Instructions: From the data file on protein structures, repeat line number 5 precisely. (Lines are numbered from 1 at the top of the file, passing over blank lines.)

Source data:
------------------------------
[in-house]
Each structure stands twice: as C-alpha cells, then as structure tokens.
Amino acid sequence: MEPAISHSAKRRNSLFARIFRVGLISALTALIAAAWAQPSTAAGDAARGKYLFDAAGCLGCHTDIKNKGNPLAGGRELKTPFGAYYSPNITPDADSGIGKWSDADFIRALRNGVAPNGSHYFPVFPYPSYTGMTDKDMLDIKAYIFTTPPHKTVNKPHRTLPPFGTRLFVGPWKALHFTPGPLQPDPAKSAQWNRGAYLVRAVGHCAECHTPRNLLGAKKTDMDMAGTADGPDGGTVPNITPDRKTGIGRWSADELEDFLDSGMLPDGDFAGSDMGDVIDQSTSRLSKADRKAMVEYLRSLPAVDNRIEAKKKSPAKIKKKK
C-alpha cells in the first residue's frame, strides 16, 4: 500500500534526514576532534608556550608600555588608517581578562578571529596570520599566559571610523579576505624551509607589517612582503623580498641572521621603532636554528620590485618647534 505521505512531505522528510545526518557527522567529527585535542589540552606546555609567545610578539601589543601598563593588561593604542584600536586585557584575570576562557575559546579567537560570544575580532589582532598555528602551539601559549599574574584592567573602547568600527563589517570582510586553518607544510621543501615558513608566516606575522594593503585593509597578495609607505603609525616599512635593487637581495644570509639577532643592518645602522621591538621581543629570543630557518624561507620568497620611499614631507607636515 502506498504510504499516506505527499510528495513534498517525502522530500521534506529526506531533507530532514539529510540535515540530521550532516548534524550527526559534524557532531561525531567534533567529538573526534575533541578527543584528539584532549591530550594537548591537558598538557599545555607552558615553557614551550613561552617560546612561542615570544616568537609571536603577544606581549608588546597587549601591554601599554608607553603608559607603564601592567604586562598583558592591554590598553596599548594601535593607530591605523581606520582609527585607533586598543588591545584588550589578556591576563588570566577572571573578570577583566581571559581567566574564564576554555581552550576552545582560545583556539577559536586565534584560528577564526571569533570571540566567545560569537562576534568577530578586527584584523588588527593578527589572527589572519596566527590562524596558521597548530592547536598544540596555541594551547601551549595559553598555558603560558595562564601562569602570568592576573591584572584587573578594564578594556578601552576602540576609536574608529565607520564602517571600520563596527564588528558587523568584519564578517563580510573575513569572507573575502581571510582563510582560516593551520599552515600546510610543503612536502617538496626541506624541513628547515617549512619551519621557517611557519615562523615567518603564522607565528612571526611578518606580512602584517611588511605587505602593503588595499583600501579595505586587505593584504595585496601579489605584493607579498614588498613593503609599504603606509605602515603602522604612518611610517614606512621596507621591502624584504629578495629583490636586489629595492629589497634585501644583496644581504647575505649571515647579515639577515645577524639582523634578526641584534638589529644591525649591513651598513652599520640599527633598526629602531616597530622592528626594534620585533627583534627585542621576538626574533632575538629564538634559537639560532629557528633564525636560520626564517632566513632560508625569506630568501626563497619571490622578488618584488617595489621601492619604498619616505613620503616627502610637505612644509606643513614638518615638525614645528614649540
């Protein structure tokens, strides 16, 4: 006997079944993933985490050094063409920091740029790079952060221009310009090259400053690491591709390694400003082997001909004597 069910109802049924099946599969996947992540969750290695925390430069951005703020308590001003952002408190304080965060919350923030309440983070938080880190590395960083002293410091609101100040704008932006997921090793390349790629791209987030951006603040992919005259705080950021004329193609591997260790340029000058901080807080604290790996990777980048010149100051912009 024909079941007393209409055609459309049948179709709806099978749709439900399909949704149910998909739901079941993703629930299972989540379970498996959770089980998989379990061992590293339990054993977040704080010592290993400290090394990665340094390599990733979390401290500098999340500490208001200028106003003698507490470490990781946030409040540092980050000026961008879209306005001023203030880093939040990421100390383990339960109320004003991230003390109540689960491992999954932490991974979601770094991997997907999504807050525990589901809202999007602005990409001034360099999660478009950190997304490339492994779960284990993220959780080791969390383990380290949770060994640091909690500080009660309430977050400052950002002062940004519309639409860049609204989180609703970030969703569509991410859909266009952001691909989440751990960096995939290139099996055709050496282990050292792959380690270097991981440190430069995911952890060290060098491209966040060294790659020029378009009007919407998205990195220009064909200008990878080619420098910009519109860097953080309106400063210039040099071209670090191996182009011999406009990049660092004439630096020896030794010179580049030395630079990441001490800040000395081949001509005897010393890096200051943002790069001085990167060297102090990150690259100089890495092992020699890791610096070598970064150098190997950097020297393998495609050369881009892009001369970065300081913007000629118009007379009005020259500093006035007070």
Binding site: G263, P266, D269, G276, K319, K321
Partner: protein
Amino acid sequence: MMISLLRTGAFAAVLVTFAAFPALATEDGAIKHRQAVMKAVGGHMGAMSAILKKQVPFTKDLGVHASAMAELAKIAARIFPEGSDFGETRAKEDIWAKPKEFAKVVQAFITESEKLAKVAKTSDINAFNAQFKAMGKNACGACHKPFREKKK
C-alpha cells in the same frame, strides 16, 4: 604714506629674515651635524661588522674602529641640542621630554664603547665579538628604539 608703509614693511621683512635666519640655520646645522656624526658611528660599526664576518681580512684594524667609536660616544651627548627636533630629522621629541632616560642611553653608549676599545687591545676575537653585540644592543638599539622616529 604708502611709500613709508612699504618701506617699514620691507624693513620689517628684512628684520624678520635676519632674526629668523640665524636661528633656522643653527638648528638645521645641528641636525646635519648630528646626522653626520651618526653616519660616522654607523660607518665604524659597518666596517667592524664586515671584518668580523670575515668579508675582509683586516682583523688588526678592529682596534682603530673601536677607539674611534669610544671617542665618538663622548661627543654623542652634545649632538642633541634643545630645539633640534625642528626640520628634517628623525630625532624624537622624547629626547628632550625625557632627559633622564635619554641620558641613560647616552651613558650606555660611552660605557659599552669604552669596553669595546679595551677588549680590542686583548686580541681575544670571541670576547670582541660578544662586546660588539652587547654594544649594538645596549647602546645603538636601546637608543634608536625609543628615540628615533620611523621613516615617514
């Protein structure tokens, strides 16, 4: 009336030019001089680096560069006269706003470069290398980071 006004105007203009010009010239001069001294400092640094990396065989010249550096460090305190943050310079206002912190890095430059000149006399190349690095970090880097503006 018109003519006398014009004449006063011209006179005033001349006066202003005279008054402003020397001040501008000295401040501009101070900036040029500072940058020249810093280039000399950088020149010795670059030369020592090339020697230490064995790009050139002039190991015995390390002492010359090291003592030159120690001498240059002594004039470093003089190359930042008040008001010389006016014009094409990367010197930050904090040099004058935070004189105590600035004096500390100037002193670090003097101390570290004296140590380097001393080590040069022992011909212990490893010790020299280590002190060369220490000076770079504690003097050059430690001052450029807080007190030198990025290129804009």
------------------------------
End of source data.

């Protein structure tokens, strides 16, 4: 006997079944993933985490050094063409920091740029790079952060221009310009090259400053690491591709390694400003082997001909004597 069910109802049924099946599969996947992540969750290695925390430069951005703020308590001003952002408190304080965060919350923030309440983070938080880190590395960083002293410091609101100040704008932006997921090793390349790629791209987030951006603040992919005259705080950021004329193609591997260790340029000058901080807080604290790996990777980048010149100051912009 024909079941007393209409055609459309049948179709709806099978749709439900399909949704149910998909739901079941993703629930299972989540379970498996959770089980998989379990061992590293339990054993977040704080010592290993400290090394990665340094390599990733979390401290500098999340500490208001200028106003003698507490470490990781946030409040540092980050000026961008879209306005001023203030880093939040990421100390383990339960109320004003991230003390109540689960491992999954932490991974979601770094991997997907999504807050525990589901809202999007602005990409001034360099999660478009950190997304490339492994779960284990993220959780080791969390383990380290949770060994640091909690500080009660309430977050400052950002002062940004519309639409860049609204989180609703970030969703569509991410859909266009952001691909989440751990960096995939290139099996055709050496282990050292792959380690270097991981440190430069995911952890060290060098491209966040060294790659020029378009009007919407998205990195220009064909200008990878080619420098910009519109860097953080309106400063210039040099071209670090191996182009011999406009990049660092004439630096020896030794010179580049030395630079990441001490800040000395081949001509005897010393890096200051943002790069001085990167060297102090990150690259100089890495092992020699890791610096070598970064150098190997950097020297393998495609050369881009892009001369970065300081913007000629118009007379009005020259500093006035007070």